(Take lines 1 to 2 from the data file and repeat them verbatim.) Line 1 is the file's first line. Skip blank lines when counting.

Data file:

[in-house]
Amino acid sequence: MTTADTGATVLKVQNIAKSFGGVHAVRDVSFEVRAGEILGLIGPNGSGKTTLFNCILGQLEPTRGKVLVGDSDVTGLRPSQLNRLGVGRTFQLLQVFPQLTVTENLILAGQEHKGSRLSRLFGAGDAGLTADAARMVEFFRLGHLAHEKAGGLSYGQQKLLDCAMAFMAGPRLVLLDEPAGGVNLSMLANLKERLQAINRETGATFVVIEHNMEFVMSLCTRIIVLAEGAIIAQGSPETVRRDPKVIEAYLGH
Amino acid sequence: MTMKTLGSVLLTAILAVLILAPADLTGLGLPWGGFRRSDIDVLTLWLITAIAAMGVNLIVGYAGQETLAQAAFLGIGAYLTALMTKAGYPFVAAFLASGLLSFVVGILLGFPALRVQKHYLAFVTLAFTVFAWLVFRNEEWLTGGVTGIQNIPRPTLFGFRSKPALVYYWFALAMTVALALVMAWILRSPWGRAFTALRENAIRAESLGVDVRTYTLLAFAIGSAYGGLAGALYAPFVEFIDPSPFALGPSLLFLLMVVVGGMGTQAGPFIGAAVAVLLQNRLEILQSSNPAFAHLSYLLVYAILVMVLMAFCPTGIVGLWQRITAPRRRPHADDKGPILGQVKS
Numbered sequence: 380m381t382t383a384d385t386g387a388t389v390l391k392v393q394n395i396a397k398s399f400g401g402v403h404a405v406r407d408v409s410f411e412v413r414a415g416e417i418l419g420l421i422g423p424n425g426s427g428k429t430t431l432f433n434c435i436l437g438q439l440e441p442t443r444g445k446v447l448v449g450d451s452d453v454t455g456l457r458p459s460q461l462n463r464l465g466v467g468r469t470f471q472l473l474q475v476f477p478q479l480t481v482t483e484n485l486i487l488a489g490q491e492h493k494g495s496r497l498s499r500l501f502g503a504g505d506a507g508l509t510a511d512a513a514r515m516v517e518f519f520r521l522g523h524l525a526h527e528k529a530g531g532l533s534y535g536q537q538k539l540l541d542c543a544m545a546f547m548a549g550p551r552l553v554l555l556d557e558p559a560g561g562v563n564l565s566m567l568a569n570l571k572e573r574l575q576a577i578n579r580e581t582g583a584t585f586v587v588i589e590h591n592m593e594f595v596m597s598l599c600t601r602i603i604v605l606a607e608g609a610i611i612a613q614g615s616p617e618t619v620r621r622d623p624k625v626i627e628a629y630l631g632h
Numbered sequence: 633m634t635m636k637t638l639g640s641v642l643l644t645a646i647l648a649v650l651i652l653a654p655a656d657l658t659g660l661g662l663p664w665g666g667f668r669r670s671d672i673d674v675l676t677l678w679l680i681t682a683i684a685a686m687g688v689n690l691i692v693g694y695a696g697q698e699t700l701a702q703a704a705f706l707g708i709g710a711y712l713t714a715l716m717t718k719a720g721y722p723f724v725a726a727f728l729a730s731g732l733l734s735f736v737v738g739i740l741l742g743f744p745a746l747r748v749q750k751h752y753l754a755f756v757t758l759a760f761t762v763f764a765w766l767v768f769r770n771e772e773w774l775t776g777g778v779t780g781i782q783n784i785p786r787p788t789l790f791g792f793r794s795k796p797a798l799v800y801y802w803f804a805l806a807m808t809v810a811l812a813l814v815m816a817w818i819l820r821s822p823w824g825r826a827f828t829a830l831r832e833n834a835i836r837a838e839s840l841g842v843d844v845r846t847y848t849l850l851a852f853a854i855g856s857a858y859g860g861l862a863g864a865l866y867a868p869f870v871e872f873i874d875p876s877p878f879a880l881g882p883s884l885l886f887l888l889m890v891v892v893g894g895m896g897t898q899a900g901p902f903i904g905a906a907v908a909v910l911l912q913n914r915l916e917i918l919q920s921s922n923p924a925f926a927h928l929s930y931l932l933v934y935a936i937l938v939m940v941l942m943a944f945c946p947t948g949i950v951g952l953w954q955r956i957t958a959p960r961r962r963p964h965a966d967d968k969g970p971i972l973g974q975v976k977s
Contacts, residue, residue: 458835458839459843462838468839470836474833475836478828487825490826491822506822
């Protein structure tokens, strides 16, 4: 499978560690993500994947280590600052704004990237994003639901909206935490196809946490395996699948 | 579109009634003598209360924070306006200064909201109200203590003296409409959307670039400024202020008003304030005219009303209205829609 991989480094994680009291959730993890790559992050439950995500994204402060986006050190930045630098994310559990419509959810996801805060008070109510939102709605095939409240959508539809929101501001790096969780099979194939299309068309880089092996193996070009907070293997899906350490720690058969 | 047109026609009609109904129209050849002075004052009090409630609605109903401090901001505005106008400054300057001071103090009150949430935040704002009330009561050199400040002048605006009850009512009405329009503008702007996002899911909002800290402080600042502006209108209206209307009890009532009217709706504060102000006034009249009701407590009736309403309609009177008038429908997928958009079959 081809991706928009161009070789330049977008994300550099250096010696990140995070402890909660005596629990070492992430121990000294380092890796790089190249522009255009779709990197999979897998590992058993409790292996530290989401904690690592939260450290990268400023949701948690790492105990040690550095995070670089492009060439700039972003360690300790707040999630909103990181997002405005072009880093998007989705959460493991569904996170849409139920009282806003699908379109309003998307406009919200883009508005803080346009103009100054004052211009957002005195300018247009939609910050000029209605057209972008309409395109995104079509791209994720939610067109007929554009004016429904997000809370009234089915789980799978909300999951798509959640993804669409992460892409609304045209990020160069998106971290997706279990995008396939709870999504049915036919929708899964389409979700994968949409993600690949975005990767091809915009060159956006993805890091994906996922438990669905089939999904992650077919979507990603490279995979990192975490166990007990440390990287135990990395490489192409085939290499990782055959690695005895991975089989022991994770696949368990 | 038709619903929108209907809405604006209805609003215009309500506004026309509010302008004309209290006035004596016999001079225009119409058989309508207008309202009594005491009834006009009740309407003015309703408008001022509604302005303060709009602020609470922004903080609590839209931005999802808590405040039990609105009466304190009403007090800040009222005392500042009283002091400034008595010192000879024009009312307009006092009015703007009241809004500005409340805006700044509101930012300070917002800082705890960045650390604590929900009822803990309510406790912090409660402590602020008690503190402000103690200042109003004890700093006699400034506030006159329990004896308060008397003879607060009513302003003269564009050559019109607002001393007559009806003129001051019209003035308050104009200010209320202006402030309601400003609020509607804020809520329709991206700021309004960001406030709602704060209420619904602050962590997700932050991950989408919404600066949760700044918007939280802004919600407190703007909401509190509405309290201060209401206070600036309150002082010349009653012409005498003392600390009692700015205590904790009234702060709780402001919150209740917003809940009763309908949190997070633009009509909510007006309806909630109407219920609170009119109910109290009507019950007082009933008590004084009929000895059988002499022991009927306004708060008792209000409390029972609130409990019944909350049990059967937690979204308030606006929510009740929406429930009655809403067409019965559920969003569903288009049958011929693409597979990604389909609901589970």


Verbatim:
[in-house]
Amino acid sequence: MTTADTGATVLKVQNIAKSFGGVHAVRDVSFEVRAGEILGLIGPNGSGKTTLFNCILGQLEPTRGKVLVGDSDVTGLRPSQLNRLGVGRTFQLLQVFPQLTVTENLILAGQEHKGSRLSRLFGAGDAGLTADAARMVEFFRLGHLAHEKAGGLSYGQQKLLDCAMAFMAGPRLVLLDEPAGGVNLSMLANLKERLQAINRETGATFVVIEHNMEFVMSLCTRIIVLAEGAIIAQGSPETVRRDPKVIEAYLGH